Wednesday, September 3, 2014

Trivia Time!

by Derik Price
© Fountainhead Antique Auto Museum

Two of the most common questions we are asked by museum guests are, “Where did you buy all these vehicles?" and “Who did you buy them from?” The short answer is, we’ve traveled all over the United States and bought them from individual collectors, auctions, and museums alike. One vehicle was even purchased in the U.K. and flown to Alaska. Do you know which one?  If not, here’s a refresher… 

But being interested in the history of these vehicles, I’ve often wondered where they were all produced. It was a rainy summer, and I had some extra time on my hands so I decided to map it out. I made an iPhoto album containing one photo of each vehicle in the collection and assigned each one its original place of manufacture.  You might notice a few things about this map.  First off, it’s not weighted, meaning, there is only one pin drop in Detroit, Michigan, even though a full 27 of our vehicles were produced there. These include the manufacturers Ford, Cadillac, Cartercar, Hudson, Chalmers-Detroit, Everitt, Dodge, Chrysler, Fordson, Hupmobile, and Packard. And in case you’re curious, the runner up is Indianapolis, Indiana, with eight vehicles produced there, including the nameplates American (Underslung), Premier, Henderson, and Stutz. Rounding out the top three is Cleveland, Ohio, with five vehicles in the collection made by Peerless, Rauch & Lang, White, Cleveland (motorcycle) and Owen Magnetic.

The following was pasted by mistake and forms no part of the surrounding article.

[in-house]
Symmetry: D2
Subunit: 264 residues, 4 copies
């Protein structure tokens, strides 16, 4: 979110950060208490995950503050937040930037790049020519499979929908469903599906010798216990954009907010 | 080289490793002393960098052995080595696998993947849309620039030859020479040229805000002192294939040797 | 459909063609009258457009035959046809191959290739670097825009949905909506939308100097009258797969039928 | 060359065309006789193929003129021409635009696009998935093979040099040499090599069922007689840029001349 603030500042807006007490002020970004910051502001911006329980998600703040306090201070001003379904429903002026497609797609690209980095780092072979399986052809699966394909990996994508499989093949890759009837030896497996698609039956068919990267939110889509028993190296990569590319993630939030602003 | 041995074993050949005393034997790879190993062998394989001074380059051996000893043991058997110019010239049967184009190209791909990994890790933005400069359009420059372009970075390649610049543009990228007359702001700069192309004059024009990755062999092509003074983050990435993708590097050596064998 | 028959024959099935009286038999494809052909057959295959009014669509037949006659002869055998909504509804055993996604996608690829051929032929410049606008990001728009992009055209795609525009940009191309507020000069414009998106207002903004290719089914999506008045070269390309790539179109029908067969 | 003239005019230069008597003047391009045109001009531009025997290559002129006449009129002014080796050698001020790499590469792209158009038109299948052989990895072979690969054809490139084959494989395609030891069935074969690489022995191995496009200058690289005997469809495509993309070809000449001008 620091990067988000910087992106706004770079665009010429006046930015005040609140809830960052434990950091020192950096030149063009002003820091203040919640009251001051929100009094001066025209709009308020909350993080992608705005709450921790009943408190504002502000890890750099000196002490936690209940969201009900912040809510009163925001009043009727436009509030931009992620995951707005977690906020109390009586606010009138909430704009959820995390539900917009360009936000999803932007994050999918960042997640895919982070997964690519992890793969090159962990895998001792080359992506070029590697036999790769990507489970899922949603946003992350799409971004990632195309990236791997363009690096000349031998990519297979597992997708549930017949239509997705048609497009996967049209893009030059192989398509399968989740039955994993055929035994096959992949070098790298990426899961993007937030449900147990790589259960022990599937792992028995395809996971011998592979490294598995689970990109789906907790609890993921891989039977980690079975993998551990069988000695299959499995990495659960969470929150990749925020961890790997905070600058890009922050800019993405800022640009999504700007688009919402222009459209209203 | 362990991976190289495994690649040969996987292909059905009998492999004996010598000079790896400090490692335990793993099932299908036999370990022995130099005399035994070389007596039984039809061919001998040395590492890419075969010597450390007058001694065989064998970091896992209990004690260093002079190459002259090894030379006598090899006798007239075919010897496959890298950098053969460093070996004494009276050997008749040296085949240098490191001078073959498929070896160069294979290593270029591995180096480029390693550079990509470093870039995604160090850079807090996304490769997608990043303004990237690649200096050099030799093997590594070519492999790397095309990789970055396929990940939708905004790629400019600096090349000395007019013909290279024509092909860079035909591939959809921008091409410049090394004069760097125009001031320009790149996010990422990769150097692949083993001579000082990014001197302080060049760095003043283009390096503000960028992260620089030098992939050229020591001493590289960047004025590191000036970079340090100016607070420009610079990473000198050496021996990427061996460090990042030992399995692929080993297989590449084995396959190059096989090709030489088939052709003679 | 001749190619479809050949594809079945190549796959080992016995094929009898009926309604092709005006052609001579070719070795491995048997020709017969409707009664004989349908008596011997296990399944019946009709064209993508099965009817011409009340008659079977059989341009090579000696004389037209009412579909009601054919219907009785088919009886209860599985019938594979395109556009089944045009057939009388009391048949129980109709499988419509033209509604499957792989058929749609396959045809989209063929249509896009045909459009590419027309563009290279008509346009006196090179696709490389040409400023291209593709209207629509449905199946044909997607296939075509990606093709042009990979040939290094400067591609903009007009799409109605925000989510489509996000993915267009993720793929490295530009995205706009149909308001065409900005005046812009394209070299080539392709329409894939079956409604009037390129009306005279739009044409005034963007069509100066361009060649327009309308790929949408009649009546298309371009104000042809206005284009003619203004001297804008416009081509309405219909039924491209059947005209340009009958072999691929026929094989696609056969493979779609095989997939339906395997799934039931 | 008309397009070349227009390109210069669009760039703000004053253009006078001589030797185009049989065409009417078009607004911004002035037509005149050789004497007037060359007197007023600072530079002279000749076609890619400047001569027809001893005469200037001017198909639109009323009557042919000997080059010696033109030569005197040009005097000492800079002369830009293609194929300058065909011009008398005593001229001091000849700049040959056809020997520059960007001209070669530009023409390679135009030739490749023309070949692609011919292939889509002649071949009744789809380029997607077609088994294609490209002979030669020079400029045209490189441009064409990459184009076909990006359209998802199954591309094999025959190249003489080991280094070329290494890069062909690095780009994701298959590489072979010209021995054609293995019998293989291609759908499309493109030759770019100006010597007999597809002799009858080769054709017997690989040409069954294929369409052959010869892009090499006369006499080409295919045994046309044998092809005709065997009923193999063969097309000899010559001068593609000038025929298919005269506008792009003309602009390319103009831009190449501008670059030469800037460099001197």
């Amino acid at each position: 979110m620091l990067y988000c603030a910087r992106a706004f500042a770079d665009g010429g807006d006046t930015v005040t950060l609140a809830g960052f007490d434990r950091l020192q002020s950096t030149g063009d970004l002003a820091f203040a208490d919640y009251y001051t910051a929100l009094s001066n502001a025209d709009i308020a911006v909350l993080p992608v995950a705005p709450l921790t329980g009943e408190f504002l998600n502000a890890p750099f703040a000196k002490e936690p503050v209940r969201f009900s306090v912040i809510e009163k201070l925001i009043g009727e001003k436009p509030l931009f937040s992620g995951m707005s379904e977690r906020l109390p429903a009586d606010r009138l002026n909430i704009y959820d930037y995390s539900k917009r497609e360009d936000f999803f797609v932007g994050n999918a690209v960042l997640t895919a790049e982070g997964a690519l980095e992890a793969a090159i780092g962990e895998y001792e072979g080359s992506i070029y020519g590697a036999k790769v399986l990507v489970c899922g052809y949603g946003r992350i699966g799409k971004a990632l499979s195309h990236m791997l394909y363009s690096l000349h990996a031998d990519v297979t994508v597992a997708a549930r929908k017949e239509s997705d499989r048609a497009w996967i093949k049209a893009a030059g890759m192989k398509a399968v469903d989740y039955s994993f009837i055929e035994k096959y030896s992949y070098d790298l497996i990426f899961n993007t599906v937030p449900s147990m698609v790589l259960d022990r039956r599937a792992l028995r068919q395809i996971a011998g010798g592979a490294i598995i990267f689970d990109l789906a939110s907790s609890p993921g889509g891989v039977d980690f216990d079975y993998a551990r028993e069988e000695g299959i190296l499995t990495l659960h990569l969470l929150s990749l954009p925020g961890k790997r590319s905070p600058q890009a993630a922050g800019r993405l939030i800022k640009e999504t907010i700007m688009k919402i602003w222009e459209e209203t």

Not coincidently, you may also notice the outlined pin drops almost precisely define the area traditionally known as “The Rust Belt" (from the Dictionary of American History, Encyclopedia.com) 
----  The 1984 Democratic presidential candidate, Walter Mondale, is generally credited with coining the term. During the campaign, Mondale, the former vice-president from Minnesota, attacked the economic policies of incumbent Republican president, Ronald Reagan, stating that the president was "turning our great industrial Midwest and the industrial base of our Country into a rust bowl."  The media, however, repeated and reported the notion as "Rust Belt," and the phrase stuck as a good description of the declining industrial heartland, especially the steel and automobile producing regions in the Northeast and Midwest ---  

And finally, for your quiz, there are two vehicles in the Fountainhead Collection whose birthplaces are not shown on the map, as they were produced outside the boundaries of this area. Can you name them? I’ll give you a hint, the two States they were produced in are each known for their rich ‘Gold Rush’ history.  

Coming to Fairbanks to see the Fountainhead Antique Auto Museum and other area attractions? Support the museum by staying right here at Wedgewood Resort. All guests receive half-price admission to the museum!

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